Age of Onset A child who acquires a physical impairment or chronic health condition early in life may have missed some important developmental experiences. In contrast, a teenager who loses the use of her legs in an accident has likely had a normal range of experiences throughout childhood but may need considerable support in adapting to life with this newly acquired disability. Severity A minor or transient impairment is not likely to have lasting effects. A severe, chronic impairment can greatly limit a child's range of experiences. Visibility A condition’s visibility may affect how children think about themselves and the degree to which they are accepted by others. Although orthopedic appliances and special devices meet important needs, they often have the unfortunate side effect of making the child look even more different from nondisabled peers. W. L. Heward, Exceptional Children, 6e,  2000 by Prentice-Hall, Inc. All rights reserved. T 12.9


Physical therapists (PT) are involved in the development and maintenance of motor skills, movement, and posture. prescribe specific exercises to increase control of muscles and use specialized equipment, such as braces, effectively use massage and prescriptive exercises; swimming, heat treatment, special positioning for feeding and toileting, and other techniques encourage motor independence, help develop muscular function, and reduce pain, discomfort, or long-term physical damage suggest dos and don'ts for sitting positions and activities in the classroom Occupational therapists (OT) are concerned with a child's participation in functional activities (e.g., self-help, employment, recreation, communication, and daily living). help children learn (or relearn) diverse motor behaviors (e.g., drinking, typing shoes) conduct specialized assessments and make recommendations to parents and teachers regarding the effective use of appliances, materials, and activities at home and school Speech-language pathologists (SLPs) provide speech therapy, language interventions, oral motor coordination (e.g., chewing and swallowing), and augmentative and alternative communication (AAC) services Prosthetists make and fit artificial limbs Orthotists design and fit braces and other assistive devices Biomedical engineers develop or adapt technology to meet students’ specialized needs Health aides carry out medical procedures and health care services in the classroom Medical social workers assist students and families in adjusting to disabilities W. L. Heward, Exceptional Children, 6e,  2000 by Prentice-Hall, Inc. All rights reserved. T 12.11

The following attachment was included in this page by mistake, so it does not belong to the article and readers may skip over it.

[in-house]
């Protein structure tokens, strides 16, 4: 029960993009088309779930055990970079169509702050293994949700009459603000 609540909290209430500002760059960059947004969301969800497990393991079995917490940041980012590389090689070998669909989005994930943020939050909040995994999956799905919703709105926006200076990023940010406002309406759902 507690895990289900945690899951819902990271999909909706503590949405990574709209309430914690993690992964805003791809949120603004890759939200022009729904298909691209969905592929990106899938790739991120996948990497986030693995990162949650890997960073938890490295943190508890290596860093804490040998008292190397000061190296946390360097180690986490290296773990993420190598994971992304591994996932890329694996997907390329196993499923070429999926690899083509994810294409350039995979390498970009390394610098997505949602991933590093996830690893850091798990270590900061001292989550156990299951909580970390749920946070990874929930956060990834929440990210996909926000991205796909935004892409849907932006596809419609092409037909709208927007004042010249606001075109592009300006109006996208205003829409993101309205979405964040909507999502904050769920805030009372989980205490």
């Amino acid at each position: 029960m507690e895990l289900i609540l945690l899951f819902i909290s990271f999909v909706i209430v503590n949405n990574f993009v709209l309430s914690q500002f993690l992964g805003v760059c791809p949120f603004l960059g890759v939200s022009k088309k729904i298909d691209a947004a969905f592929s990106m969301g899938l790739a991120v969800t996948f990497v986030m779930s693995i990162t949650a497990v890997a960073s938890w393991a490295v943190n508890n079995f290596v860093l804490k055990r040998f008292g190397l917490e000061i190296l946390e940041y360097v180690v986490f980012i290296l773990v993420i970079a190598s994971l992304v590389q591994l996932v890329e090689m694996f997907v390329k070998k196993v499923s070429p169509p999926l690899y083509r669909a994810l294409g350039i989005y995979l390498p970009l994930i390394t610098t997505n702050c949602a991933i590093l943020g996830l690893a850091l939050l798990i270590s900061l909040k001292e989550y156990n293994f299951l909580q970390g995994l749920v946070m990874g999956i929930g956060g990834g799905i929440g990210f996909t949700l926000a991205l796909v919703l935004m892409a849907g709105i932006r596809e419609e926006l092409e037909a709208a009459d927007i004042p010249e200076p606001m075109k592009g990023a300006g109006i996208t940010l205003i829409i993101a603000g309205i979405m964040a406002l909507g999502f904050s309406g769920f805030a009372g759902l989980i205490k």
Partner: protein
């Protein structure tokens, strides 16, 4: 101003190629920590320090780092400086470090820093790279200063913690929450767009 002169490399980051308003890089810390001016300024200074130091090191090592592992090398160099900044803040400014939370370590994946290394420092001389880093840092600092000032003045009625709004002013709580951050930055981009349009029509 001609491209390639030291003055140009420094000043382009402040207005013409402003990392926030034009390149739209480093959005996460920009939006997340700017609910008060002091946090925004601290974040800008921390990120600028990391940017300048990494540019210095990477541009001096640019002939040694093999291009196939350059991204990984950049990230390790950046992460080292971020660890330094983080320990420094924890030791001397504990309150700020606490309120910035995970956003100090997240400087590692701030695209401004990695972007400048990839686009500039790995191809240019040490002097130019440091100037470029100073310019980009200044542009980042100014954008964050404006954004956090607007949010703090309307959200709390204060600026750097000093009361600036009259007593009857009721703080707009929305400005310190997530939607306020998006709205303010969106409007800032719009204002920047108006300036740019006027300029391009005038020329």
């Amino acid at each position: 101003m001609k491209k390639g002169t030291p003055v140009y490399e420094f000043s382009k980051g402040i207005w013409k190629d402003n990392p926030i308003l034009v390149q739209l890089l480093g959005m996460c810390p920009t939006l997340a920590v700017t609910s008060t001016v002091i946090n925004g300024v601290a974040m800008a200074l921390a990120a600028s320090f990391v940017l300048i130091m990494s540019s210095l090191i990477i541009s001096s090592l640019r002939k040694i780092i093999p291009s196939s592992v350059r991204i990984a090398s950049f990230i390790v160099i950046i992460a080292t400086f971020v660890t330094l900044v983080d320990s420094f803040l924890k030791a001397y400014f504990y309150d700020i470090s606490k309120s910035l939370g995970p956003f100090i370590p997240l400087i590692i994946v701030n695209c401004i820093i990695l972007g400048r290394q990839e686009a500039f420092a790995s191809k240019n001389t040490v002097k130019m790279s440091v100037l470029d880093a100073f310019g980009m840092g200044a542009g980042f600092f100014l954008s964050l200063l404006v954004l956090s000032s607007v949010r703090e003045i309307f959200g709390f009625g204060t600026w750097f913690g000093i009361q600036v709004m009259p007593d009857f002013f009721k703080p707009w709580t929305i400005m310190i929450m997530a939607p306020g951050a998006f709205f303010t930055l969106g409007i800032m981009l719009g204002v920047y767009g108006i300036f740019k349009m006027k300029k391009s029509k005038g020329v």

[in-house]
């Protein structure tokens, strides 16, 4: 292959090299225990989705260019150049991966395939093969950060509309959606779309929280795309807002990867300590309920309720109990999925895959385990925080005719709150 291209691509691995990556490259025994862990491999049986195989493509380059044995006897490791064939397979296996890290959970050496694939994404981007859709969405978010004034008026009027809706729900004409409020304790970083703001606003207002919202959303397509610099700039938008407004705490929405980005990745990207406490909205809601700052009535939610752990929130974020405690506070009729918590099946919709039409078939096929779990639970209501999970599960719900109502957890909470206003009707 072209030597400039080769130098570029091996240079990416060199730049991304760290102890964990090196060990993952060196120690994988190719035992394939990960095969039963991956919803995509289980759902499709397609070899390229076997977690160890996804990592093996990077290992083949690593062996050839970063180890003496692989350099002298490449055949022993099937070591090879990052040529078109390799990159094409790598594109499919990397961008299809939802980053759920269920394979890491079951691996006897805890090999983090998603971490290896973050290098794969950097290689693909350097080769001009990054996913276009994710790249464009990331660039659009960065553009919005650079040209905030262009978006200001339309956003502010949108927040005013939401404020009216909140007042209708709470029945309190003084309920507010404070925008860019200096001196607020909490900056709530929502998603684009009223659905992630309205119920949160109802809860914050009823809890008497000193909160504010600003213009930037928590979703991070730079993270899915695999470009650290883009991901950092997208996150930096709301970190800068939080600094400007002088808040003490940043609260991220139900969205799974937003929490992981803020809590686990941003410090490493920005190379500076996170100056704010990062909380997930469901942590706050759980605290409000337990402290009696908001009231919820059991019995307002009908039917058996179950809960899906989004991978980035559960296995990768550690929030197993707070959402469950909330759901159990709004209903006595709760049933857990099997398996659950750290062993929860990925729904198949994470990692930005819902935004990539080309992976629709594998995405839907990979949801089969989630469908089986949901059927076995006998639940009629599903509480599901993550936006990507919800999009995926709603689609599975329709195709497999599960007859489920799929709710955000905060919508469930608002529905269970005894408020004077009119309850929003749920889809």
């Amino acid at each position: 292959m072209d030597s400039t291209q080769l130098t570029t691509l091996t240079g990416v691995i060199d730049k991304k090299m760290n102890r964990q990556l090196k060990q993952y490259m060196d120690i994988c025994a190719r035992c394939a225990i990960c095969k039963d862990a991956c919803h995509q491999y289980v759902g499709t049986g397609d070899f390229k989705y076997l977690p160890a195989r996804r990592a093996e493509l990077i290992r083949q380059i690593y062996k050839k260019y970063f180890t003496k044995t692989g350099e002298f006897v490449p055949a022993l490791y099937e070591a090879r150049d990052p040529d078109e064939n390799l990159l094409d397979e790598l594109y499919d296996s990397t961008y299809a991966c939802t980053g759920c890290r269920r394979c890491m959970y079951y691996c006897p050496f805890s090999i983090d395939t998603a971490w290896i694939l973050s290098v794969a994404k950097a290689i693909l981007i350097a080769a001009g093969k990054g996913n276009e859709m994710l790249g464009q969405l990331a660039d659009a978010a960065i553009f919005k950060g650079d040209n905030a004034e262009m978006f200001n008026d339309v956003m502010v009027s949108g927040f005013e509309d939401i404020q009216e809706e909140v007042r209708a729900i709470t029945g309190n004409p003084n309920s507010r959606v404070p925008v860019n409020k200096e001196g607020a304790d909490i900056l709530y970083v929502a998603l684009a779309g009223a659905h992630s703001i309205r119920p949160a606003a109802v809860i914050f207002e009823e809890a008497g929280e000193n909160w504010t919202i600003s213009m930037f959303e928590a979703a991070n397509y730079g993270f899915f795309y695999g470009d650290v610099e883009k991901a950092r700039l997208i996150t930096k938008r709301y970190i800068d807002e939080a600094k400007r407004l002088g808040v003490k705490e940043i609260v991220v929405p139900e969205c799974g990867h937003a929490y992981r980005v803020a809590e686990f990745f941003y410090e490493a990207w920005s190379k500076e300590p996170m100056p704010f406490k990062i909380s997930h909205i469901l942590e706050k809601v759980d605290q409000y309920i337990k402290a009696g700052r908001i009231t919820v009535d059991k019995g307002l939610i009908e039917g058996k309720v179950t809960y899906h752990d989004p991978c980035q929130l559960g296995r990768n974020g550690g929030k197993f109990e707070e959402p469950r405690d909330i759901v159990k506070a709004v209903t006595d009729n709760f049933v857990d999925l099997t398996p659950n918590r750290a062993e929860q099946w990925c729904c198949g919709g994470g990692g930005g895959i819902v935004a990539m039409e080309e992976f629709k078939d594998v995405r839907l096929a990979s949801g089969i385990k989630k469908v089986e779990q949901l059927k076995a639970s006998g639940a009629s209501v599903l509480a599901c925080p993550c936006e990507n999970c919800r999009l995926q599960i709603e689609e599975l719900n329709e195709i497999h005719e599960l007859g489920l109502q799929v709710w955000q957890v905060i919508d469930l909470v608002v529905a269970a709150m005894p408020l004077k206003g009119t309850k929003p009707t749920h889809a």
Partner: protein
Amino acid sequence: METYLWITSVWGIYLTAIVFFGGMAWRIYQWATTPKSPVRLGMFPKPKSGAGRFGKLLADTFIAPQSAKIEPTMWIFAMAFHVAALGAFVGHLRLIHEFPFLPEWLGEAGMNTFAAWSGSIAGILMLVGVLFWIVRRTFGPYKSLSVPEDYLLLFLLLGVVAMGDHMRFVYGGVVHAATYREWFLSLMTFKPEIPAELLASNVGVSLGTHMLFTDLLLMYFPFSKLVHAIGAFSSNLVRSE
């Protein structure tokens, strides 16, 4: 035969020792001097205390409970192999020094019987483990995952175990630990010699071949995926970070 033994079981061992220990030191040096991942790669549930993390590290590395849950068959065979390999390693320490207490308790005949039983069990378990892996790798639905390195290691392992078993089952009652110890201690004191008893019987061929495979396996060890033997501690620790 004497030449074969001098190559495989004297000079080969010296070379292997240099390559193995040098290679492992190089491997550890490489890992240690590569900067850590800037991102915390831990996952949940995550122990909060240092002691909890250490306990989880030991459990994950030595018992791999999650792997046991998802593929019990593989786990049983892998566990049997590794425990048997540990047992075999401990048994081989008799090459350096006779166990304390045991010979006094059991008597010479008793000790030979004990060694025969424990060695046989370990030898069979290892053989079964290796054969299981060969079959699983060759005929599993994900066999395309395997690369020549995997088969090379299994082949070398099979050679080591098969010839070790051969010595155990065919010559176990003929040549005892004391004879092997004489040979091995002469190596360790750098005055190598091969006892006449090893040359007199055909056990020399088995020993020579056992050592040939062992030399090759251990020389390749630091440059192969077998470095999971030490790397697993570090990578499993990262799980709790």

Proper positioning, seating, and regular movement encourages the development of muscles and bones and helps maintain healthy skin. Proper positioning contributes to improved appearance, greater comfort, and increased health. Good positioning results in alignment and proximal support of the body. Stability positively affects use of the upper body. Stability promotes feelings of physical security and safety. Good positioning can reduce deformity. Positions must be changed frequently. Proper seating helps combat poor circulation, muscle tightness, and pressure sores, and it contributes to proper digestion, respiration, and physical development. Be attentive to the following: Face forward, in midline position. Shoulders in midline position and not hunched over. Trunk in midline position; maintain normal curvature of spine. Seat belt, pummel or leg separator, and/or shoulder and chest straps may be necessary for shoulder/upper trunk support and upright positions. Pelvic position: hips as far back in the chair as possible and weight distributed evenly on both sides of the buttocks. Foot support: both feet level and supported on the floor or wheelchair pedals. W. L. Heward, Exceptional Children, 6e,  2000 by Prentice-Hall, Inc. All rights reserved. T 12.12